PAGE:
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Food waste, an economic and environmental hazard

The food waste issue can only be resolved if society moves to address the problem as a whole.

grocery story, refrigerated aisle
REUTERS/Lucy Nicholson

Who doesn’t like good food?

The sight of the sizzling golden-brown breading on fried chicken. The scent of buttery garlic filling the room as the delivery person hands you your long-awaited meal. The taste of sweet richness and tang permeates your mouth as you munch on a spoonful of strawberry cheesecake.

Food is truly an amazing thing, yet it is often taken for granted. Food waste is a serious issue that continues to plague society despite the various ramifications. With some effort, we can reduce the harm of food waste.

Every day, roughly 330 million pounds of food is thrown away across the United States. That is approximately 120 billion pounds of food wasted in a year, equating to $408 billion worth of food. That’s a lot of money going down the drain, but that’s not the worst of it. The entire world contributes to the food waste problem. Globally, around 14% of food produced is lost between harvest and retail, while an estimated 17% of total global food production is wasted.

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Now, those percentages may seem small but on the larger scale of things, the numbers estimate 3.5 trillion pounds of food. The problem is that there are multiple detriments to food waste, and these problems are exacerbated by the mountains of food being wasted. Not only is food waste affecting the lives of other people, but food waste also undermines the sustainability of our food systems and contributes to climate change.

Concerning developing countries, where food shortages suffocate the populace, the amount of wasted food would drastically help feed those hundred million people suffering from malnourishment. This is not an issue limited solely to developing countries; even developed countries, like the United States, have millions of people suffering from hunger and the wasted food could be used to help feed these communities.

But that’s not all; other resources are also being wasted. The food system is an intricate web of interconnected processes – all requiring various resources to function. Some of these systems include the production, processing, and distribution of foods. Land, water, fuel, labor and capital are examples of resources being utilized at every stage, and when food is wasted, all other resources that go into the processes are also wasted. As a result, sustainability is reduced as the costs of doing food business increase. Ultimately, the consequences of food waste flow to the general population through increased prices of food.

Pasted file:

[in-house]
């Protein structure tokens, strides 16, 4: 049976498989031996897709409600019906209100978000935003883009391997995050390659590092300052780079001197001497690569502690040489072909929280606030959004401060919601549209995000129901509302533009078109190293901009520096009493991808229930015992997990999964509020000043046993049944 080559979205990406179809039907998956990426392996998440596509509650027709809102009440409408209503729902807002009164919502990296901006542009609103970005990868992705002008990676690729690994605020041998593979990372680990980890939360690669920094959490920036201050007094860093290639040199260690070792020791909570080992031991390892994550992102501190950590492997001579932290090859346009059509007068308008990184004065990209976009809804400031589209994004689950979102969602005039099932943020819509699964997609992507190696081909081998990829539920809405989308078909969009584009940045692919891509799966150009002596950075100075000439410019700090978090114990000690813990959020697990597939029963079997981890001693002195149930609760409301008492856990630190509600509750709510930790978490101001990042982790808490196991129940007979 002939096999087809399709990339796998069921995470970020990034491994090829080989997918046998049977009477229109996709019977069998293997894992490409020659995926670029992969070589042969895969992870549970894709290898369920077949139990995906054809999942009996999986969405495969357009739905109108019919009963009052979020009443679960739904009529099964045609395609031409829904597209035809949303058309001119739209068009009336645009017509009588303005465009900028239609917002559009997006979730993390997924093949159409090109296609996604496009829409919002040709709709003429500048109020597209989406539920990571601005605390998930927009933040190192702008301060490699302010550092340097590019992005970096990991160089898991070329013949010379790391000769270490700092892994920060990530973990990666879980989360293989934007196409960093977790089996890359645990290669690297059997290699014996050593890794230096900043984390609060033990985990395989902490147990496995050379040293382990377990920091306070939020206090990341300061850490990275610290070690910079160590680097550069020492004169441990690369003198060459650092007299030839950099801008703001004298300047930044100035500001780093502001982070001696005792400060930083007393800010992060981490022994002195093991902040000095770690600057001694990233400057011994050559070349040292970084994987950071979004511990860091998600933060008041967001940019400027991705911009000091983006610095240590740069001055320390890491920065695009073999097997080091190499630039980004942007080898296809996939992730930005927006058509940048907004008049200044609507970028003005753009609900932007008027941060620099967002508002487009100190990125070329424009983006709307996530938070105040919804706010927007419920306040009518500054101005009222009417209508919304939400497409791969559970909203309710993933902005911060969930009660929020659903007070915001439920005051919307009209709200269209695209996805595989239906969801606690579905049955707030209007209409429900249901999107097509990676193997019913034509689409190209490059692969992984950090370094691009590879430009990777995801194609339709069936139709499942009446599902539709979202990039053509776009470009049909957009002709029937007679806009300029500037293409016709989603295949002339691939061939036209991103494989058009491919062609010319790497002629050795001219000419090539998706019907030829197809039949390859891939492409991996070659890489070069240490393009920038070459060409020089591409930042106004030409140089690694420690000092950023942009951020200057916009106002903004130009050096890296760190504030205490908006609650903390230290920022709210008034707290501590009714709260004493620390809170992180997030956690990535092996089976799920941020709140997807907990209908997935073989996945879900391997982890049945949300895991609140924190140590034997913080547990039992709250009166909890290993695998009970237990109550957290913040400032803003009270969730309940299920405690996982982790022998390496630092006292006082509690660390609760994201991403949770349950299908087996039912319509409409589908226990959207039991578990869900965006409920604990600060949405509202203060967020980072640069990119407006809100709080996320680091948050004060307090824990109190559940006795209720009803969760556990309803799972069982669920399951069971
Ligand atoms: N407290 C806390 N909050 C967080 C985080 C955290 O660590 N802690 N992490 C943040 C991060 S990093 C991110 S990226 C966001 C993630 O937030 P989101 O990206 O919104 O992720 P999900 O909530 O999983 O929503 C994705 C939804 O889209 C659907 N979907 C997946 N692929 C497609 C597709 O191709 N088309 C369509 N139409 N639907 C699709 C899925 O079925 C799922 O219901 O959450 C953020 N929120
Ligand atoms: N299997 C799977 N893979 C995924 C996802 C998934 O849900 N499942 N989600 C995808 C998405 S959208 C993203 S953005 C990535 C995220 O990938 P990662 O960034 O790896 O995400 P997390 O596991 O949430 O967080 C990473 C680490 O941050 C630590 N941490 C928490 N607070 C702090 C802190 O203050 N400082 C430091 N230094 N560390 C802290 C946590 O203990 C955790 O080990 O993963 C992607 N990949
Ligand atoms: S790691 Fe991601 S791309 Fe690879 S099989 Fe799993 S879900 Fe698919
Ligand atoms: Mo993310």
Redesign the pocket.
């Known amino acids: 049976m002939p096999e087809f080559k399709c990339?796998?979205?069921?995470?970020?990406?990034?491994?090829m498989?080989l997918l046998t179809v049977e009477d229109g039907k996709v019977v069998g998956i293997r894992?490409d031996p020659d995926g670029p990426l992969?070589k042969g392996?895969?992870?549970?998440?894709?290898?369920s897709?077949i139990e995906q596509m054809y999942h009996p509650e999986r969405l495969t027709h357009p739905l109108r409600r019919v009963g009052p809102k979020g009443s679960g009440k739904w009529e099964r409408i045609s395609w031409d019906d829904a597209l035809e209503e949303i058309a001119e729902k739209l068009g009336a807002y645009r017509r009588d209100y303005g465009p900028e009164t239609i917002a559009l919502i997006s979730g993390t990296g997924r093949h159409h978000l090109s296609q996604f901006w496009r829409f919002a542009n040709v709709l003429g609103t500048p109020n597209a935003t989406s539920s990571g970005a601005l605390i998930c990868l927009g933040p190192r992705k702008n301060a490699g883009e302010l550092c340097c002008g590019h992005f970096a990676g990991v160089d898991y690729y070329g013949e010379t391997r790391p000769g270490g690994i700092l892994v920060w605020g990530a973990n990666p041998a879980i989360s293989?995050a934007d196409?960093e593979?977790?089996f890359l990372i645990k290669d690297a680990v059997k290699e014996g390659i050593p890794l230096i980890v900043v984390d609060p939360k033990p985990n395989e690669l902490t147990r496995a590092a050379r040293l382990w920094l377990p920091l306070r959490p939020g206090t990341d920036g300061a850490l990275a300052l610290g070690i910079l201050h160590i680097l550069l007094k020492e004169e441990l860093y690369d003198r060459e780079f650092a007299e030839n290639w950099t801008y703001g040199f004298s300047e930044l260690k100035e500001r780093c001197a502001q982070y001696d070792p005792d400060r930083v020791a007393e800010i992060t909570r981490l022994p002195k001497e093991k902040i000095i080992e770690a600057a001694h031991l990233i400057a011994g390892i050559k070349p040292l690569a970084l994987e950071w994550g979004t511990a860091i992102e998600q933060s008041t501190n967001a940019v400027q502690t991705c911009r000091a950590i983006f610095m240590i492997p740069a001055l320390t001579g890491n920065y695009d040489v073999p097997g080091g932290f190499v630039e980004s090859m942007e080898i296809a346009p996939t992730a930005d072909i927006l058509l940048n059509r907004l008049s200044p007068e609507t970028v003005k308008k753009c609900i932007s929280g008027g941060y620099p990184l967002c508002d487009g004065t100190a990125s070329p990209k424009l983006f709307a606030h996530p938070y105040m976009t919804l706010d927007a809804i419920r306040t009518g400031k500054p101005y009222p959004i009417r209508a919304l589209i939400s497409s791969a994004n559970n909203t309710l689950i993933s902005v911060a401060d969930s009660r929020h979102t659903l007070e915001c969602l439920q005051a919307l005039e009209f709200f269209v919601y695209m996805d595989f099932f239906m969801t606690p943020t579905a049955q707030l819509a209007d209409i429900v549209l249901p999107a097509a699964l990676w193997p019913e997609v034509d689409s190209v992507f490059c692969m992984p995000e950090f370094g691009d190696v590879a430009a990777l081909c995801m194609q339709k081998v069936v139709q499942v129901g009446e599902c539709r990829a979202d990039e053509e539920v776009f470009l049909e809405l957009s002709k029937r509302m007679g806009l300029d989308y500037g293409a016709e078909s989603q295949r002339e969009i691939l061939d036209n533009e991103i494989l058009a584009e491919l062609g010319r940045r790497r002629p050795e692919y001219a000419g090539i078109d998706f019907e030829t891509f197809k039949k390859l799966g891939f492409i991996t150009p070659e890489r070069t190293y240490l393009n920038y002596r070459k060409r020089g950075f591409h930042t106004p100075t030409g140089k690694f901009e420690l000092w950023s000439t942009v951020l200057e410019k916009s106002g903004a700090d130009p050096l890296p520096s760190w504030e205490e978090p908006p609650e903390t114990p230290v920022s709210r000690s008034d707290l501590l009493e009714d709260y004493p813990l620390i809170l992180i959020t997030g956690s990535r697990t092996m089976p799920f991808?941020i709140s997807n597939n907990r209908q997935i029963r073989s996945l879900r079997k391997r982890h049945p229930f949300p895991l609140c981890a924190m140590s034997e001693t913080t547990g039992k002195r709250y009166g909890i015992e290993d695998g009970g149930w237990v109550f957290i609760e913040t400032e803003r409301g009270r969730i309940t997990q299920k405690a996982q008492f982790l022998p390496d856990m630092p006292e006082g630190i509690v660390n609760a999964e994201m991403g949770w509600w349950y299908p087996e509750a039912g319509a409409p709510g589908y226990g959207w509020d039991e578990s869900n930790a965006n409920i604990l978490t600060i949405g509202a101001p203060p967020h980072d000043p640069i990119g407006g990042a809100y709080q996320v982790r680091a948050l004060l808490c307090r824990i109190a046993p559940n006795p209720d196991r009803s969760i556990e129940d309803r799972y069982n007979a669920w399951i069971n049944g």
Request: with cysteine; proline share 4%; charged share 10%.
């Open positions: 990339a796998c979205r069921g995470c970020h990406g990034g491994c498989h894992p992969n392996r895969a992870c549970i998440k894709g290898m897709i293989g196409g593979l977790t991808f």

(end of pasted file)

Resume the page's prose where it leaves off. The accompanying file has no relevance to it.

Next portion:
Lastly, food waste contributes to the ever-growing problem of climate change. In the general food disposal process, foods will typically end up in landfills. Over time, the food breaks down and releases the greenhouse gas, methane, a hefty contributor to climate change. According to the Food and Agriculture Organization of the United Nations (FAO), food waste releases an estimated amount of 3.6 billion tonnes (metric tons) of carbon dioxide. The emissions are so dire the FAO stated, “(i)f ‘Food Waste’ were a country it would be the world’s 3rd largest emitter of CO2 after China and the US.” All in all, the facts come to show that food waste has detrimental impacts on the environment, among other things, and steps need to be taken to mitigate the problem before it escalates further.

Pao Vang
Pao Vang
The problem is big, but it’s not unstoppable. There are practical solutions available to everyone, with some solutions being accessible from one’s own home. The first solution is like preventative care – be cognizant of food purchases and avoid buying surplus. This solution will help reduce the amount of food waste in the long run. In addition, one of the best solutions is donating excess food to hunger-relief organizations and food banks. Donating the food will help feed people in need and reduce waste from piling up. Similarly, food can be used to feed animals as well. The final solution I want to touch on is composting. The Environmental Protection Agency provides a detailed article on what composting is and how to effectively compost. In short, composting is a natural process that essentially recycles food into a nutrient-rich soil amendment (materials used to improve the physical nature of the soil). Composting is a fairly low-effort process that massively helps the food waste problem by converting potential waste into a beneficial substance that significantly reduces methane emissions and can be used for enhancing the quality of the soil.

The food waste issue can only be resolved if society moves to address the problem as a whole. Though these solutions may seem minuscule, ripples so to speak, waves may follow after the many ripples. In other words, these small-scale solutions are essential ripples in causing large-scale change. So, the next time you plan to throw away edible food, consider alternate measures.

Pao Vang, is a J.D. candidate at Mitchell Hamline School of Law and an advocate for human rights.